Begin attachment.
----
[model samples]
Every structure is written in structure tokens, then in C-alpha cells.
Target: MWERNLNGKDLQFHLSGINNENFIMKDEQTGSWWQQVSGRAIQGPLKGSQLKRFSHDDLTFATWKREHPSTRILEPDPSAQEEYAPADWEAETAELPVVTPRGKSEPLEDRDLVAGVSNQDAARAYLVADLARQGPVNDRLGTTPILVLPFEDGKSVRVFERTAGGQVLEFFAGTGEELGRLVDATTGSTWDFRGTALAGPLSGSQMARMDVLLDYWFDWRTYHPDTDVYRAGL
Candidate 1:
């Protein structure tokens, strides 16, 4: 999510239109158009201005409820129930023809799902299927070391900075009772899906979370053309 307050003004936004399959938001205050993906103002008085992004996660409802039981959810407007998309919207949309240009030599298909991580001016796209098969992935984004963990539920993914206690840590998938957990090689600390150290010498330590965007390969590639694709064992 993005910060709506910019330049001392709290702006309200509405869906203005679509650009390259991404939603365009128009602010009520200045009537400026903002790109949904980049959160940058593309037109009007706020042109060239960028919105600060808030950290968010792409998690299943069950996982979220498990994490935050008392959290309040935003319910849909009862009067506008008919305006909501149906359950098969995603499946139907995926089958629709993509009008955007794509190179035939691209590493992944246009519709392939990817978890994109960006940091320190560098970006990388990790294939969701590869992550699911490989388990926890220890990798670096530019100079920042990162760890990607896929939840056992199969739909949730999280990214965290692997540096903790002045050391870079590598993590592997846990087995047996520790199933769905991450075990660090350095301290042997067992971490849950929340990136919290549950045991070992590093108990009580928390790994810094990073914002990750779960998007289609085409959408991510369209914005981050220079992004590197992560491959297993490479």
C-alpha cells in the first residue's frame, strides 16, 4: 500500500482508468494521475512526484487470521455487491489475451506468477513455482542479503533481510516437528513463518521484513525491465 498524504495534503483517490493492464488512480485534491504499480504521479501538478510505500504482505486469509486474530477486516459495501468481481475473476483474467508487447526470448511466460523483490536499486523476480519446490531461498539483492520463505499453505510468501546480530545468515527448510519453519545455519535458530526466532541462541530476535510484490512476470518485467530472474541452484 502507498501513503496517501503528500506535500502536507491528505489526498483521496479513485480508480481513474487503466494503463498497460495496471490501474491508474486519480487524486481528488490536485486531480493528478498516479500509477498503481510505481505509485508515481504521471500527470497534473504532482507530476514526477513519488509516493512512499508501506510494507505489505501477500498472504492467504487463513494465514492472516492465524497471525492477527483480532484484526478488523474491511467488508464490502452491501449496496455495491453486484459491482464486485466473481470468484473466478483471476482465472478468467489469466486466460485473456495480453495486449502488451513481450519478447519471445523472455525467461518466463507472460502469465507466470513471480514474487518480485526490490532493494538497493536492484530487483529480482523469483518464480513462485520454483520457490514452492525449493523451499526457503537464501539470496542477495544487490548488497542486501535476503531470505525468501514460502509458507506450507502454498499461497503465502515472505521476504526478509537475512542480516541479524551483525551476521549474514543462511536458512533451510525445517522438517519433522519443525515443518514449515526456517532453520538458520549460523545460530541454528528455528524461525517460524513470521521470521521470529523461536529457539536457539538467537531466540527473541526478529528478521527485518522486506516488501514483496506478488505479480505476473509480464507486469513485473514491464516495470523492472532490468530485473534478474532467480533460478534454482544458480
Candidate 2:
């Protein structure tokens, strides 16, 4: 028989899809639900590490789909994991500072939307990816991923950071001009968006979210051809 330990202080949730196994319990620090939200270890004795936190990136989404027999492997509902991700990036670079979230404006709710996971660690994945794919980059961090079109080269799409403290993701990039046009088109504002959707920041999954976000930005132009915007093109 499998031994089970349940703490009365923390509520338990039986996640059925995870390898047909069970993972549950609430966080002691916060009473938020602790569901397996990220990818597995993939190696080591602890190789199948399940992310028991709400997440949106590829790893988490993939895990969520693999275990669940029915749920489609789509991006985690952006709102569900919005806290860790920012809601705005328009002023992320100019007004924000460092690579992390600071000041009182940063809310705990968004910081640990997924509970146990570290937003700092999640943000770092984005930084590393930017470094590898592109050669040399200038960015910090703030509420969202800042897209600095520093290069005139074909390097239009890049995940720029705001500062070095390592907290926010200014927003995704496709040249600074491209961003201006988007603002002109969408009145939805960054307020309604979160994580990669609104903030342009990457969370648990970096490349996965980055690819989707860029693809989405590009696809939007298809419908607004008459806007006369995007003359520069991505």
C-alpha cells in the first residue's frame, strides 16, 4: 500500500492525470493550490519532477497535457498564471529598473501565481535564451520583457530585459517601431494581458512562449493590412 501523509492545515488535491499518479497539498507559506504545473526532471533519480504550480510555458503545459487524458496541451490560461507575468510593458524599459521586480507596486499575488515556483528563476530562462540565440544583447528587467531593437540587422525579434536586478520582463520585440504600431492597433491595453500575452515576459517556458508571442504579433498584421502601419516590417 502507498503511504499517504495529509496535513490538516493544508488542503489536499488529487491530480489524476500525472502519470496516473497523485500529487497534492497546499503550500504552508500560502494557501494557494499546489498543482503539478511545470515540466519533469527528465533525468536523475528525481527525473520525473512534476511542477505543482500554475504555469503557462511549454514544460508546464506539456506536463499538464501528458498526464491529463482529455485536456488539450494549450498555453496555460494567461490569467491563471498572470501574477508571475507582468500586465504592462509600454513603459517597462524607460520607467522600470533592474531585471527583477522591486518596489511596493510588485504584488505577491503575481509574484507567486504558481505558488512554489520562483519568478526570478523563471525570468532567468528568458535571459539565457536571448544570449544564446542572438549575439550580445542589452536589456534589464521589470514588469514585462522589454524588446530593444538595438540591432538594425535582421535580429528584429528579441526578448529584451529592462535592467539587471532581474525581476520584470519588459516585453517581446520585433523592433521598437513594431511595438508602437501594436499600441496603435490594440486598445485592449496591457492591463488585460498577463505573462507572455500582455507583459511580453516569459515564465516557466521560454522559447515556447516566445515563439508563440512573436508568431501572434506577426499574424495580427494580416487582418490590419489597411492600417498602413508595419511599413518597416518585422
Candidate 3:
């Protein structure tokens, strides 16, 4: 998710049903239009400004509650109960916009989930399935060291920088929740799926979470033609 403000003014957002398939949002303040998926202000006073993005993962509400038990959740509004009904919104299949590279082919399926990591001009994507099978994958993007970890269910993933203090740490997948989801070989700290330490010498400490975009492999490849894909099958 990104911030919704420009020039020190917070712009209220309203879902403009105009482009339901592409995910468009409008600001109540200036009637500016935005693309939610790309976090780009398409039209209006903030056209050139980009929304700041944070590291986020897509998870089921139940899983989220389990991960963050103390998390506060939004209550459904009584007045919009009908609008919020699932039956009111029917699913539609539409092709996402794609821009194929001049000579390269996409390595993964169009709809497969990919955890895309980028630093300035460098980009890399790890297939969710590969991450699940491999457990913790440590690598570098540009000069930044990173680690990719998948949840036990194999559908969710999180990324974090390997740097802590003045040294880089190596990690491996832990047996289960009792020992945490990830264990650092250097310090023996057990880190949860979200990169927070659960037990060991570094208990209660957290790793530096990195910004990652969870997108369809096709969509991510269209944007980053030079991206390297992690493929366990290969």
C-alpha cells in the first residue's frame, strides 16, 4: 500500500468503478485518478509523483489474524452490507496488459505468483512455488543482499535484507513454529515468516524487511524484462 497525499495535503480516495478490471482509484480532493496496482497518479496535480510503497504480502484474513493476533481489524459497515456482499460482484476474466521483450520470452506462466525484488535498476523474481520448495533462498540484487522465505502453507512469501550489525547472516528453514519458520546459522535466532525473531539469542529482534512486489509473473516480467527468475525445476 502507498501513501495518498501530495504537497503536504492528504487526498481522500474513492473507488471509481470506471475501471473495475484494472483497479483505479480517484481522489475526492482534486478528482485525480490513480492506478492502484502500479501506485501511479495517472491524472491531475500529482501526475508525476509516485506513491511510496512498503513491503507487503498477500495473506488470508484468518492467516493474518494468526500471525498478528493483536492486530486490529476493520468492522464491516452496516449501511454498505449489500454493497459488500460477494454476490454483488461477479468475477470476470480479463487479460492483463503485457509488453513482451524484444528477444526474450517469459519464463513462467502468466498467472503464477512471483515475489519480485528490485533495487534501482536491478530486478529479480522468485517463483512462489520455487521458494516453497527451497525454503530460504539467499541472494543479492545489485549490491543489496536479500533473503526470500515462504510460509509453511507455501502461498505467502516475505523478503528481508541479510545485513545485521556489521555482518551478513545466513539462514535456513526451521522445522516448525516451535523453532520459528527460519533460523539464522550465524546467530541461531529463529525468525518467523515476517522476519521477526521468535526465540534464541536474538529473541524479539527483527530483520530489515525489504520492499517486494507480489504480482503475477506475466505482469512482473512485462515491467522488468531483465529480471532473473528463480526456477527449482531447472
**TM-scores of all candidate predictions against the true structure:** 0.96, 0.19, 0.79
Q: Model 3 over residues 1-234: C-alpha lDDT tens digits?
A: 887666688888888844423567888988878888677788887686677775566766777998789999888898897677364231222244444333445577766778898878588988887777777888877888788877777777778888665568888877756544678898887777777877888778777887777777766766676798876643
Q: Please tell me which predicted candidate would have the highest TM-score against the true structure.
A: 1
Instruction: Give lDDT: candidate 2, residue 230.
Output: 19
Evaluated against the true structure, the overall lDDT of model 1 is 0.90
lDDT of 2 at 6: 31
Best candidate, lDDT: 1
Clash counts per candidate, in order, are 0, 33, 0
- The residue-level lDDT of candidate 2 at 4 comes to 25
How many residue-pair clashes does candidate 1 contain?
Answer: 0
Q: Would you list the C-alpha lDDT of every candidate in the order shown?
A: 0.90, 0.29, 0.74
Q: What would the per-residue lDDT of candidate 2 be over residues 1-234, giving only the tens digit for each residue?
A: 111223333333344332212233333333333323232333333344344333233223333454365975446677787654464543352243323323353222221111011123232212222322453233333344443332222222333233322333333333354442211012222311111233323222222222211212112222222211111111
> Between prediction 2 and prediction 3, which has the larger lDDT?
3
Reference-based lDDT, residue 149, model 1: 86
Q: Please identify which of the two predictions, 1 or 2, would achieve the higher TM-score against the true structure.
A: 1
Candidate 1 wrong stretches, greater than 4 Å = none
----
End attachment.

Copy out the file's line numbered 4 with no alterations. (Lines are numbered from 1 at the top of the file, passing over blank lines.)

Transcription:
Candidate 1: